5. Brass


  • Very durable and it can probably last forever
  • Adds a lot of brightness to your tone but it can be too bright to most guitars
  • Cheap and easily found on almost any music stores
  • It provides good sustain

Right now in my acoustic guitar, I am using this brass acoustic guitar bridge pins. It really adds a lot of brightness on the guitar and it can be good or bad depending on your preference. In my case, I like the amount of brightness it added in the tone. It is crisp and open sounding.

If your acoustic guitar sounds too dark for you, then the brass Bridge pin can add significant amount of brightness

Here is my recommended Brass Bridge pin

6. Wood (Ebony or Rosewood)


  • High end tones are somehow lessen. This is good for those bright acoustic guitars since it will sound warmer and mellow
  • It has excellent vibration transfer and it means excellent sustain and tones
  • Cheap and a good choice when upgrading for the first time
  • Can increase in size if the humidity increases. It can be too tight for the pin slot

Wood is also a cheap, and good alternative when you consider upgrading your bridge pin. It mellows out the brightness of the guitar so it is a really good choice when your guitar is too bright. However, you must observe it carefully when it is subjected to a rapid change in humidity as it can grow in size.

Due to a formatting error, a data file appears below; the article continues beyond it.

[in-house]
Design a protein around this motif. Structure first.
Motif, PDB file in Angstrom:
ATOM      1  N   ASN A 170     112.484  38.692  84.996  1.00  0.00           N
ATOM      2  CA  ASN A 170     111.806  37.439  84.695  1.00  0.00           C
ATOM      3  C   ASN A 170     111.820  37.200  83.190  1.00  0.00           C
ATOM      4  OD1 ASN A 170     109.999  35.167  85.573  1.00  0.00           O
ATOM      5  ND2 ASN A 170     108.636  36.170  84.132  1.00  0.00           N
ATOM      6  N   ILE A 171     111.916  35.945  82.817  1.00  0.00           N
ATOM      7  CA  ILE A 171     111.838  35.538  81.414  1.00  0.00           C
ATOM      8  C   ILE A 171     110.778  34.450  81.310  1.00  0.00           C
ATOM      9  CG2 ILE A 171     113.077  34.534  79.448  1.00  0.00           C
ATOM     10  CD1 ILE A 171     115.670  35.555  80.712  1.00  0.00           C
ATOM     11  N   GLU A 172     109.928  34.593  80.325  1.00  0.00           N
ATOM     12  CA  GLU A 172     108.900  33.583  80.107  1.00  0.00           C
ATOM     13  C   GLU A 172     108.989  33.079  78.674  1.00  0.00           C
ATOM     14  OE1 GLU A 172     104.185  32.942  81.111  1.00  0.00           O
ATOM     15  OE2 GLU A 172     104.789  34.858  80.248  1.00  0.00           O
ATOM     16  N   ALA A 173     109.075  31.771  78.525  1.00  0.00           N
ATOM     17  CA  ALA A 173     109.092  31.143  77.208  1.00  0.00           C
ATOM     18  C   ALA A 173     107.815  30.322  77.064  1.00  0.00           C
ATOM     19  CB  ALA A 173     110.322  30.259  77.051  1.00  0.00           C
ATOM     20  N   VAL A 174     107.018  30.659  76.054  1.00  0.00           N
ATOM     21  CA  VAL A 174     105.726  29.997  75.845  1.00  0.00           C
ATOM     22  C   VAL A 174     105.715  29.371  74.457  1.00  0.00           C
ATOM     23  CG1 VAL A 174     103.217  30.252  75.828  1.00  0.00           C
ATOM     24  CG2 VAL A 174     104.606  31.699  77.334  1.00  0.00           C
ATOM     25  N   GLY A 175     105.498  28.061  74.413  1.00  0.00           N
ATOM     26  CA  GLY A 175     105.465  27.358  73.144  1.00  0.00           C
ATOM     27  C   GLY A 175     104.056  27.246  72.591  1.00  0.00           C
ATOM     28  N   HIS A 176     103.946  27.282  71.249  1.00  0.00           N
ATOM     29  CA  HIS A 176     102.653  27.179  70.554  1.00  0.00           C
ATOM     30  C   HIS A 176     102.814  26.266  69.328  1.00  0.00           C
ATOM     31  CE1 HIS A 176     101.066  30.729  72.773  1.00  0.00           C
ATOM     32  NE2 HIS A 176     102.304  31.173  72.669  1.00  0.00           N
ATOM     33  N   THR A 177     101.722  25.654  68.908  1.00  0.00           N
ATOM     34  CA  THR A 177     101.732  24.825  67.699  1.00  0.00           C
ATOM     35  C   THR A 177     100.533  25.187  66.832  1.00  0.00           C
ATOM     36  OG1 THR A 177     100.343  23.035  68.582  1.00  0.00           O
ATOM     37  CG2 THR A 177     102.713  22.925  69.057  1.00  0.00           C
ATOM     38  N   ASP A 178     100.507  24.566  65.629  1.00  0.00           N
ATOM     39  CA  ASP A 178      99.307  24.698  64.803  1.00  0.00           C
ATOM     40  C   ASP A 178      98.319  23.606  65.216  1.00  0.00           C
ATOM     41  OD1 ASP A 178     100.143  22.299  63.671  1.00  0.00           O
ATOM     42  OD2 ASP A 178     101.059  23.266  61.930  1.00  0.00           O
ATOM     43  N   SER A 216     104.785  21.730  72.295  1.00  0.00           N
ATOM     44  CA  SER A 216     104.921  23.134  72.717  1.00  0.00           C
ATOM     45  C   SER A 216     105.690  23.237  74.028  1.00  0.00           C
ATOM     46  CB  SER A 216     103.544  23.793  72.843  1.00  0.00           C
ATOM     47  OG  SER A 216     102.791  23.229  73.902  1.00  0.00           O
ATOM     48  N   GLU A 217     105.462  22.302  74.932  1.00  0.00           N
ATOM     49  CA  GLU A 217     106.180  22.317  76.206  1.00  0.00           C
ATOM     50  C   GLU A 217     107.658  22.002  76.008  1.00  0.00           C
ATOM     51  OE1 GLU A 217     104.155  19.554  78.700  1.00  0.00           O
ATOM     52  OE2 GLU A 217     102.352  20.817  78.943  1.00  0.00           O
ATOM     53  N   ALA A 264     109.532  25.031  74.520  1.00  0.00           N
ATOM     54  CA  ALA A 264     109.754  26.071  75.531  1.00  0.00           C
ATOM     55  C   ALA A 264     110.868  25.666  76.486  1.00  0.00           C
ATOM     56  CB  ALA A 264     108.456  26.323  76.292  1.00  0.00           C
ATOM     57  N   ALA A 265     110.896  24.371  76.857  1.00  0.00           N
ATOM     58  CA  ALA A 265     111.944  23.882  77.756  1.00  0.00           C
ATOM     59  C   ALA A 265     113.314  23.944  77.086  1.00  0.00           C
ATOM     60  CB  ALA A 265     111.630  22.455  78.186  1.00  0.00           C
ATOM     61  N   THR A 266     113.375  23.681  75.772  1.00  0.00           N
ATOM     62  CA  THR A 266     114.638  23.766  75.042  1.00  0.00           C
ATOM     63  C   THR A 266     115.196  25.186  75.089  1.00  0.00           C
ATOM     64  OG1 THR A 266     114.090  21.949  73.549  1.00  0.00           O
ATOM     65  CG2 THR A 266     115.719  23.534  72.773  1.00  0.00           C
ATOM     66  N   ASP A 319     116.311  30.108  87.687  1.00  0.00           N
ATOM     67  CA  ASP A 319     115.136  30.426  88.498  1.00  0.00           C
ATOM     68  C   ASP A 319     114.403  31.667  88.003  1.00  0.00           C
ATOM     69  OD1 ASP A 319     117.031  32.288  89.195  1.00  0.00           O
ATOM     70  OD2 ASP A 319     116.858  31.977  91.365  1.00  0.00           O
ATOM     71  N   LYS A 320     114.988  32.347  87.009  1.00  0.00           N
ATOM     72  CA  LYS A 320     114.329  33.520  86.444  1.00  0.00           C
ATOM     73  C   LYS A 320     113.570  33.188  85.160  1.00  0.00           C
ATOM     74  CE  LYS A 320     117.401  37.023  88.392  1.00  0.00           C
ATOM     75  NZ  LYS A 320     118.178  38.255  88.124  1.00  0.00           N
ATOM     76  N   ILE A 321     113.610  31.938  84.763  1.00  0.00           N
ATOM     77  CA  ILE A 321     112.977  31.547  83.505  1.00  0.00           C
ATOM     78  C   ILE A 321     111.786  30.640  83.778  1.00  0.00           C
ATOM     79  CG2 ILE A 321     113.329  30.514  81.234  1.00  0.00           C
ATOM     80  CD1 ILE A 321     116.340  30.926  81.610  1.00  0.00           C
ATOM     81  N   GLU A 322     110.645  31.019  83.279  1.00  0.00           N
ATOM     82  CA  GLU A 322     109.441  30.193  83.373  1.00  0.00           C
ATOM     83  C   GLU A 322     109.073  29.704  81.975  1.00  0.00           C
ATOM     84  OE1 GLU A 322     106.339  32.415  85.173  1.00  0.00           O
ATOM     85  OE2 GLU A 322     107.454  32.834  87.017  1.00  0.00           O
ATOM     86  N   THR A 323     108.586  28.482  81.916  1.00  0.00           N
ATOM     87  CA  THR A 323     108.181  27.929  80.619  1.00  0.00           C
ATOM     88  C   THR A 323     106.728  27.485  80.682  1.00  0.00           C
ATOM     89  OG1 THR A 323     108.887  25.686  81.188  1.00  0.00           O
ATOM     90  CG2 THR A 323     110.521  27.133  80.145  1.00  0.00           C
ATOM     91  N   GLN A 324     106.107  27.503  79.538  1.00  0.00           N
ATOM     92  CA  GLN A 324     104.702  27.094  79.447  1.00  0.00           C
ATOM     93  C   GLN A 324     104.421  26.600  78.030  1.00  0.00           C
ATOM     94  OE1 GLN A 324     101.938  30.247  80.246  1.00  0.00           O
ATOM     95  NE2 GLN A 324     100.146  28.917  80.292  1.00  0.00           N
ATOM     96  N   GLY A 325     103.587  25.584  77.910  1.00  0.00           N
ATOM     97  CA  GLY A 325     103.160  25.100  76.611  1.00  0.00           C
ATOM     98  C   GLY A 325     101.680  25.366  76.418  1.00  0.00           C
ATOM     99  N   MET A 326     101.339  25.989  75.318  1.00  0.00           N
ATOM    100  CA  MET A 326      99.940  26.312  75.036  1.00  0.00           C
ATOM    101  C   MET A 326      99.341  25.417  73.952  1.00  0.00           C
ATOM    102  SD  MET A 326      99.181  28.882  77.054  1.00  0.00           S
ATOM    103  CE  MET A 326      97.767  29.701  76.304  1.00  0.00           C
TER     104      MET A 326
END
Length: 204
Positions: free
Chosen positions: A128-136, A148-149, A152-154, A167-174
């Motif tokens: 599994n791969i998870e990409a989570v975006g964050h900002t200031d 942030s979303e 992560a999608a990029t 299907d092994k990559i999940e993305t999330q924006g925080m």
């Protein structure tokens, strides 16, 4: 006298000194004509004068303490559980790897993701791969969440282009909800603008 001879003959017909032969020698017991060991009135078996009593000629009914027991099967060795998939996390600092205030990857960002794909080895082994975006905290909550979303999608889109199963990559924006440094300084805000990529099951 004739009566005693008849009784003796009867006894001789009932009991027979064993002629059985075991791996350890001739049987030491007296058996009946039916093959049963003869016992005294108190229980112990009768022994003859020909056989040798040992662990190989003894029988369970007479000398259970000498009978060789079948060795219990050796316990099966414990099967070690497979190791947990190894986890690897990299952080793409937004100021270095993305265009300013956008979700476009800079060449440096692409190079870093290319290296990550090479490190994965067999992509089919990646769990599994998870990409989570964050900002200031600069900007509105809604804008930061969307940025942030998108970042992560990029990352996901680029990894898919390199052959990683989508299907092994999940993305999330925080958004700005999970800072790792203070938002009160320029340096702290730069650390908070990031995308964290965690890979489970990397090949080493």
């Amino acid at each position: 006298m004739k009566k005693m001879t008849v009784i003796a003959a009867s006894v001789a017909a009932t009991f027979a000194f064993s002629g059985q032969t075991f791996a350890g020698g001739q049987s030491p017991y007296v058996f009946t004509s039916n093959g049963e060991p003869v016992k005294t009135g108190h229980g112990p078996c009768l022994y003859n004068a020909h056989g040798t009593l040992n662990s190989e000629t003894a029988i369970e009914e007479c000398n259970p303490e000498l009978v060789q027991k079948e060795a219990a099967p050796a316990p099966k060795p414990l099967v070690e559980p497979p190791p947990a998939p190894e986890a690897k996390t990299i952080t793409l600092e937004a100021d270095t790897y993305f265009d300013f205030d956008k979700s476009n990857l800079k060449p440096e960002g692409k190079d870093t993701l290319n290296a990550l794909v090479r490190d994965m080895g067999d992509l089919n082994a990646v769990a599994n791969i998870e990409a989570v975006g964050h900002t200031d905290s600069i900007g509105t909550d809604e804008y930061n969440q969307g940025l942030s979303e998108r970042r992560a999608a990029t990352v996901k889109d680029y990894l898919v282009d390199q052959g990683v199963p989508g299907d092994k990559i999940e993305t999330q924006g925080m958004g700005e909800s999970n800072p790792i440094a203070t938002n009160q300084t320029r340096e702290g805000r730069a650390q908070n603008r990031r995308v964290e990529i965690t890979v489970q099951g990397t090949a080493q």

For Ebony, click here
For Rosewood, click here

Final Thoughts

Acoustic guitar bridge pin is only one of the parts that can affect the tone of your guitar. If you really want to achieve certain tones in your guitar, then you also have to study the effects of different materials in guitar nut and saddle.

As I said, acoustic guitar bridge pin has a subtle effect only but it can be an important factor when you combine it with the guitar nut and saddle. If you have any questions, feel free to leave a comment.